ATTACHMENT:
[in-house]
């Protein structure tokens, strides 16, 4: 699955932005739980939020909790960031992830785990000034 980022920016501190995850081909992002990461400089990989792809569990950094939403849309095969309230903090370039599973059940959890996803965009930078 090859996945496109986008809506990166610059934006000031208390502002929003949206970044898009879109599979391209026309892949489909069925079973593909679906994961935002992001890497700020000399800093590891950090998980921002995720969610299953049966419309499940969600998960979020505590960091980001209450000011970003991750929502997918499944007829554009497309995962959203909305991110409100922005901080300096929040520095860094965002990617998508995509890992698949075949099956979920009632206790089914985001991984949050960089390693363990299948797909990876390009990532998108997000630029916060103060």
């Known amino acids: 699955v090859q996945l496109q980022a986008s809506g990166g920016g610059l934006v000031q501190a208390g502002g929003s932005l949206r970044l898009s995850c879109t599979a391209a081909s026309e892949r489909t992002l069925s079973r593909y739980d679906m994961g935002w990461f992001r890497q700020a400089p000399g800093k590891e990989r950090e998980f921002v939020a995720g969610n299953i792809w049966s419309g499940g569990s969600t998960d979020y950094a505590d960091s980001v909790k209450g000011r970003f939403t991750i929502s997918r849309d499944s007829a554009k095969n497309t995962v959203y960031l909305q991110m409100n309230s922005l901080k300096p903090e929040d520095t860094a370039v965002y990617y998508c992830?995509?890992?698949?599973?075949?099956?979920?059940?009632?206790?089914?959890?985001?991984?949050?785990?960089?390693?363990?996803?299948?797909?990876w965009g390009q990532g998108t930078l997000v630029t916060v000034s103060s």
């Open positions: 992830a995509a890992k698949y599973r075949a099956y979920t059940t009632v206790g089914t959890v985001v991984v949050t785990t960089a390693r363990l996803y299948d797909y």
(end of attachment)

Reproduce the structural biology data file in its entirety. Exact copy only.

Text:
[in-house]
């Protein structure tokens, strides 16, 4: 699955932005739980939020909790960031992830785990000034 980022920016501190995850081909992002990461400089990989792809569990950094939403849309095969309230903090370039599973059940959890996803965009930078 090859996945496109986008809506990166610059934006000031208390502002929003949206970044898009879109599979391209026309892949489909069925079973593909679906994961935002992001890497700020000399800093590891950090998980921002995720969610299953049966419309499940969600998960979020505590960091980001209450000011970003991750929502997918499944007829554009497309995962959203909305991110409100922005901080300096929040520095860094965002990617998508995509890992698949075949099956979920009632206790089914985001991984949050960089390693363990299948797909990876390009990532998108997000630029916060103060």
């Known amino acids: 699955v090859q996945l496109q980022a986008s809506g990166g920016g610059l934006v000031q501190a208390g502002g929003s932005l949206r970044l898009s995850c879109t599979a391209a081909s026309e892949r489909t992002l069925s079973r593909y739980d679906m994961g935002w990461f992001r890497q700020a400089p000399g800093k590891e990989r950090e998980f921002v939020a995720g969610n299953i792809w049966s419309g499940g569990s969600t998960d979020y950094a505590d960091s980001v909790k209450g000011r970003f939403t991750i929502s997918r849309d499944s007829a554009k095969n497309t995962v959203y960031l909305q991110m409100n309230s922005l901080k300096p903090e929040d520095t860094a370039v965002y990617y998508c992830?995509?890992?698949?599973?075949?099956?979920?059940?009632?206790?089914?959890?985001?991984?949050?785990?960089?390693?363990?996803?299948?797909?990876w965009g390009q990532g998108t930078l997000v630029t916060v000034s103060s």
């Open positions: 992830a995509a890992k698949y599973r075949a099956y979920t059940t009632v206790g089914t959890v985001v991984v949050t785990t960089a390693r363990l996803y299948d797909y």